When extreme weather events occur, dam and levee safety may take a hit. When your area receives a rapid, heavy rainfall, increased water flow raises the reservoir level. If operations work as expected, your spillway or gates will divert the excess water.
The rapid rise of the reservoir puts additional weight and pressure on the dam. The stress may exceed any previous levels, expose existing weak points, and create new ones. The intense pressure could cause instability in the structure or, potentially, catastrophic failure.
Dam failures can also occur due to earthquakes, landslides, equipment malfunction, structural damage, and sabotage. Having the right information at the right time to make decisions is key to preventing dam failures.
There are several concerns that experts must keep in mind as they address dam construction, safety, maintenance, and operation.
If the water level exceeds the capacity of the dam and the spillway, the result is overtopping. In this case, the water spills over the top of the entire dam.
When overtopping occurs, water levels cover the top of the dam and then spill down the other side. The water picks up speed, creating erosive force against the edge of the dam. This rapid flow outside of its boundaries can result in structural damage and potential failure.
Overtopping is one of the most common breaches because few dams have a design that can withstand this event. The force of the water can cause catastrophic failure of the entire dam.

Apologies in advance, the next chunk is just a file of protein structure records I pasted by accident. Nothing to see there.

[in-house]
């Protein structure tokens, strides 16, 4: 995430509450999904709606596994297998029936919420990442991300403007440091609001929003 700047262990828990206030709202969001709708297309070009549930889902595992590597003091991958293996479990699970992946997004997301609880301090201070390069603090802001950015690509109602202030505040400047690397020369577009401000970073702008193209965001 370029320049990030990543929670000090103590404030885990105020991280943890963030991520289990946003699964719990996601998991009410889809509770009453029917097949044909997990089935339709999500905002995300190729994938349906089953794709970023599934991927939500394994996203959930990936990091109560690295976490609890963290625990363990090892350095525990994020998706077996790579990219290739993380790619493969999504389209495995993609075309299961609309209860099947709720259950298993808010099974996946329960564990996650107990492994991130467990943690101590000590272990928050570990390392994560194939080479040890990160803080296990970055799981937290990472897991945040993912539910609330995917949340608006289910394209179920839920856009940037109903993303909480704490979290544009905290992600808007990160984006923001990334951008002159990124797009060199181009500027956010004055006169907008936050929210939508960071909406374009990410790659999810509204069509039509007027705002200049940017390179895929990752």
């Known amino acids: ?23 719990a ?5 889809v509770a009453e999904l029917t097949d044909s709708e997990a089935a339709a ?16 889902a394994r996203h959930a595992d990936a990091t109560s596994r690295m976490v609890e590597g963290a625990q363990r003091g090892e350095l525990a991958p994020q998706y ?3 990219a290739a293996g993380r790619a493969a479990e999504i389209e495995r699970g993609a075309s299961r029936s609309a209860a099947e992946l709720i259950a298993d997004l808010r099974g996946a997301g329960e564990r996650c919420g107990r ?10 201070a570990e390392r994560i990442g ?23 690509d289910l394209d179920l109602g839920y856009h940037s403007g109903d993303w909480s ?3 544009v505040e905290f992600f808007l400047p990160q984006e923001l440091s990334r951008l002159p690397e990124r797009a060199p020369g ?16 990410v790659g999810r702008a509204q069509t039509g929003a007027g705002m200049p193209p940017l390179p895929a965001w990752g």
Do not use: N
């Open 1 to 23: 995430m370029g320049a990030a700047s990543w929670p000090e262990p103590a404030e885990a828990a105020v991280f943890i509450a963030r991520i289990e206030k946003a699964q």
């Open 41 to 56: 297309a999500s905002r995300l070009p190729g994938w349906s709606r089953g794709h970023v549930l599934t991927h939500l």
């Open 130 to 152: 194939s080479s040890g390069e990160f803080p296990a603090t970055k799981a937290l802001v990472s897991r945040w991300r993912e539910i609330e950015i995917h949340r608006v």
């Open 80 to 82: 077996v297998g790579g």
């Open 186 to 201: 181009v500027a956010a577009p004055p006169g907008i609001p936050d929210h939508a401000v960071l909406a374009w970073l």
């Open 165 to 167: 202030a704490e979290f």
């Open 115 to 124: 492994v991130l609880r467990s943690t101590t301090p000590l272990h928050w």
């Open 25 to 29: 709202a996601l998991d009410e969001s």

Dams rarely block 100% of the water they are damming. Small amounts of water may pass through the earth where it meets the dam structure.
The level where the soil of an earth dam or levee is no longer saturated is called the phreatic surface. This wet-dry line typically coincides with the water table.
As reservoir levels rise due to flash floods, pressure from the additional water weight may lower the phreatic surface. The added pressure may be enough to erode a path through the dam, from your reservoir to the downslope. This newly carved path acts like a pipe.
As the water flows through this earthen pipe, the additional surface area it passes over will also be subject to saturation and erosion. The failure may widen and cause structural instability.
The phreatic surface rises as the earth becomes more saturated in a flooding event. If the phreatic surface meets the dam’s downstream slope, a partial or total failure may occur.
Is Your Structure Ready For a Record Rainfall?
As our climate increases in average temperature, the atmosphere can hold more water vapor. When a heavy rainfall event occurs, the total precipitation increases secondary to the air’s additional water vapor.
As our climate continues to warm, massive rainfall events will become more frequent and more impactful. How much precipitation is your structure ready to handle?
Just as maintenance is critical for an airplane or a bridge, dams and levees require regular inspections and updates. Hydrologic infrastructure is at increased risk of failure due to the following challenges:
- Aging Structures
- Climate Shifts
- Increased Supply Chain Impacts
- Exorbitant Cost to Repair
Owning a dam or levee means recognizing that you have a responsibility beyond your property. A failure of your structure may be catastrophic to neighboring land and communities, and in certain cases, can result in loss of life.
Develop an Action Plan
A site-specific analysis can help you assess your dam and levee safety. It offers insights into probable outcomes if there is a flash flood or other extreme weather events.
The powerful DTN MetPortal and MetStorm products take the guesswork out of your maintenance plan and new site development. Contact DTN for a free consultation and demonstration today.